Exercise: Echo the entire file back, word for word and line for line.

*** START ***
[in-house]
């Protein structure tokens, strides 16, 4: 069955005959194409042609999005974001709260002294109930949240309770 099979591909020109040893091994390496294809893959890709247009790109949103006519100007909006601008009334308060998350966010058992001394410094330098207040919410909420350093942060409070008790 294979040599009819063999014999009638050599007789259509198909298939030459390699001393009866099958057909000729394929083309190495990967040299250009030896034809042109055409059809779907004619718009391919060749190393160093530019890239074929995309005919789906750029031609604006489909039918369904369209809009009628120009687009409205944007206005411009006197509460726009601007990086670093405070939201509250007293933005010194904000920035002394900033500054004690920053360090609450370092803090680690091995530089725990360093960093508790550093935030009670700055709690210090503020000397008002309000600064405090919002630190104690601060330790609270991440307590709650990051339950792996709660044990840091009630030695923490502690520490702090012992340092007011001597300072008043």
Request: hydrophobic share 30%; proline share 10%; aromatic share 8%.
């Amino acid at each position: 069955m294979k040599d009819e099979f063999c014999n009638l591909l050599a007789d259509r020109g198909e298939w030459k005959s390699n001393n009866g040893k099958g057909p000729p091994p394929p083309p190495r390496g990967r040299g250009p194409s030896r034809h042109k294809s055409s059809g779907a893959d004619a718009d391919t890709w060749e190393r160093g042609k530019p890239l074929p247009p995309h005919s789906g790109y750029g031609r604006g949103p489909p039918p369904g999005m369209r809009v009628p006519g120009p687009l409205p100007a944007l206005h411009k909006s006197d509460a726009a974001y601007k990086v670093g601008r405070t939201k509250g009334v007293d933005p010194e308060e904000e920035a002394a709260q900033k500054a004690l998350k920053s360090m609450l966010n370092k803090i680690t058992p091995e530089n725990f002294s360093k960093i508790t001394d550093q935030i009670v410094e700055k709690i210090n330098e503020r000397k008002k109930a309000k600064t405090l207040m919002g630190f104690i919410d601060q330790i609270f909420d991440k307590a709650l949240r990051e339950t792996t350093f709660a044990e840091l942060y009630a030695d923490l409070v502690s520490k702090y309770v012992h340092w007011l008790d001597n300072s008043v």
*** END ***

[in-house]
């Protein structure tokens, strides 16, 4: 069955005959194409042609999005974001709260002294109930949240309770 099979591909020109040893091994390496294809893959890709247009790109949103006519100007909006601008009334308060998350966010058992001394410094330098207040919410909420350093942060409070008790 294979040599009819063999014999009638050599007789259509198909298939030459390699001393009866099958057909000729394929083309190495990967040299250009030896034809042109055409059809779907004619718009391919060749190393160093530019890239074929995309005919789906750029031609604006489909039918369904369209809009009628120009687009409205944007206005411009006197509460726009601007990086670093405070939201509250007293933005010194904000920035002394900033500054004690920053360090609450370092803090680690091995530089725990360093960093508790550093935030009670700055709690210090503020000397008002309000600064405090919002630190104690601060330790609270991440307590709650990051339950792996709660044990840091009630030695923490502690520490702090012992340092007011001597300072008043």
Request: hydrophobic share 30%; proline share 10%; aromatic share 8%.
């Amino acid at each position: 069955m294979k040599d009819e099979f063999c014999n009638l591909l050599a007789d259509r020109g198909e298939w030459k005959s390699n001393n009866g040893k099958g057909p000729p091994p394929p083309p190495r390496g990967r040299g250009p194409s030896r034809h042109k294809s055409s059809g779907a893959d004619a718009d391919t890709w060749e190393r160093g042609k530019p890239l074929p247009p995309h005919s789906g790109y750029g031609r604006g949103p489909p039918p369904g999005m369209r809009v009628p006519g120009p687009l409205p100007a944007l206005h411009k909006s006197d509460a726009a974001y601007k990086v670093g601008r405070t939201k509250g009334v007293d933005p010194e308060e904000e920035a002394a709260q900033k500054a004690l998350k920053s360090m609450l966010n370092k803090i680690t058992p091995e530089n725990f002294s360093k960093i508790t001394d550093q935030i009670v410094e700055k709690i210090n330098e503020r000397k008002k109930a309000k600064t405090l207040m919002g630190f104690i919410d601060q330790i609270f909420d991440k307590a709650l949240r990051e339950t792996t350093f709660a044990e840091l942060y009630a030695d923490l409070v502690s520490k702090y309770v012992h340092w007011l008790d001597n300072s008043v």